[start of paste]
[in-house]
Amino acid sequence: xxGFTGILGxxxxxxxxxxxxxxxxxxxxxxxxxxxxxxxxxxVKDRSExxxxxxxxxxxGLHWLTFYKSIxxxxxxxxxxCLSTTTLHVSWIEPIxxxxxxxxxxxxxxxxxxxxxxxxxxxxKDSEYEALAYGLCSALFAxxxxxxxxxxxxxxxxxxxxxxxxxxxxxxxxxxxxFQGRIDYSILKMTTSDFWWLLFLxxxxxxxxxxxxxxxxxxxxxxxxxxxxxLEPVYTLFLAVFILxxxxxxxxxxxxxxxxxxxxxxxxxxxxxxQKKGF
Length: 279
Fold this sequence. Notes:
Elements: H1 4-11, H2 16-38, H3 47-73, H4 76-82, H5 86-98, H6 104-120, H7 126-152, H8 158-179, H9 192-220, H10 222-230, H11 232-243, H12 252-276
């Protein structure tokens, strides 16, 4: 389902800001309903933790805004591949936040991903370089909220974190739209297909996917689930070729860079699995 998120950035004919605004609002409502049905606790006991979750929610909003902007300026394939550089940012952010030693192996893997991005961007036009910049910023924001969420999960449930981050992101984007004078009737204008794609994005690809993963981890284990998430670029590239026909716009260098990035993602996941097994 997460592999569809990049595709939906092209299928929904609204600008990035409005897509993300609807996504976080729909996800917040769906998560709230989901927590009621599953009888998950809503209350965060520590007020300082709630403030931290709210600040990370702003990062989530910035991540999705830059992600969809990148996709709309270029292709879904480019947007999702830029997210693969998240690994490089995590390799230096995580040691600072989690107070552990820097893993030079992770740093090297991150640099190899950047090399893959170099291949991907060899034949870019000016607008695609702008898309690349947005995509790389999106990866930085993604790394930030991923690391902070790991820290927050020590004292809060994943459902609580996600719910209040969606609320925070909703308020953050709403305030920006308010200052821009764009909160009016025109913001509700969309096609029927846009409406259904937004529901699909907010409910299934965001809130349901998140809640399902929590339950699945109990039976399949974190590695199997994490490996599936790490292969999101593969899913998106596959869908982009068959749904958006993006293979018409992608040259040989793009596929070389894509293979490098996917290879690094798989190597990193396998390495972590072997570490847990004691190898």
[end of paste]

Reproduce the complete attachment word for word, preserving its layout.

[in-house]
Amino acid sequence: xxGFTGILGxxxxxxxxxxxxxxxxxxxxxxxxxxxxxxxxxxVKDRSExxxxxxxxxxxGLHWLTFYKSIxxxxxxxxxxCLSTTTLHVSWIEPIxxxxxxxxxxxxxxxxxxxxxxxxxxxxKDSEYEALAYGLCSALFAxxxxxxxxxxxxxxxxxxxxxxxxxxxxxxxxxxxxFQGRIDYSILKMTTSDFWWLLFLxxxxxxxxxxxxxxxxxxxxxxxxxxxxxLEPVYTLFLAVFILxxxxxxxxxxxxxxxxxxxxxxxxxxxxxxQKKGF
Length: 279
Fold this sequence. Notes:
Elements: H1 4-11, H2 16-38, H3 47-73, H4 76-82, H5 86-98, H6 104-120, H7 126-152, H8 158-179, H9 192-220, H10 222-230, H11 232-243, H12 252-276
């Protein structure tokens, strides 16, 4: 389902800001309903933790805004591949936040991903370089909220974190739209297909996917689930070729860079699995 998120950035004919605004609002409502049905606790006991979750929610909003902007300026394939550089940012952010030693192996893997991005961007036009910049910023924001969420999960449930981050992101984007004078009737204008794609994005690809993963981890284990998430670029590239026909716009260098990035993602996941097994 997460592999569809990049595709939906092209299928929904609204600008990035409005897509993300609807996504976080729909996800917040769906998560709230989901927590009621599953009888998950809503209350965060520590007020300082709630403030931290709210600040990370702003990062989530910035991540999705830059992600969809990148996709709309270029292709879904480019947007999702830029997210693969998240690994490089995590390799230096995580040691600072989690107070552990820097893993030079992770740093090297991150640099190899950047090399893959170099291949991907060899034949870019000016607008695609702008898309690349947005995509790389999106990866930085993604790394930030991923690391902070790991820290927050020590004292809060994943459902609580996600719910209040969606609320925070909703308020953050709403305030920006308010200052821009764009909160009016025109913001509700969309096609029927846009409406259904937004529901699909907010409910299934965001809130349901998140809640399902929590339950699945109990039976399949974190590695199997994490490996599936790490292969999101593969899913998106596959869908982009068959749904958006993006293979018409992608040259040989793009596929070389894509293979490098996917290879690094798989190597990193396998390495972590072997570490847990004691190898």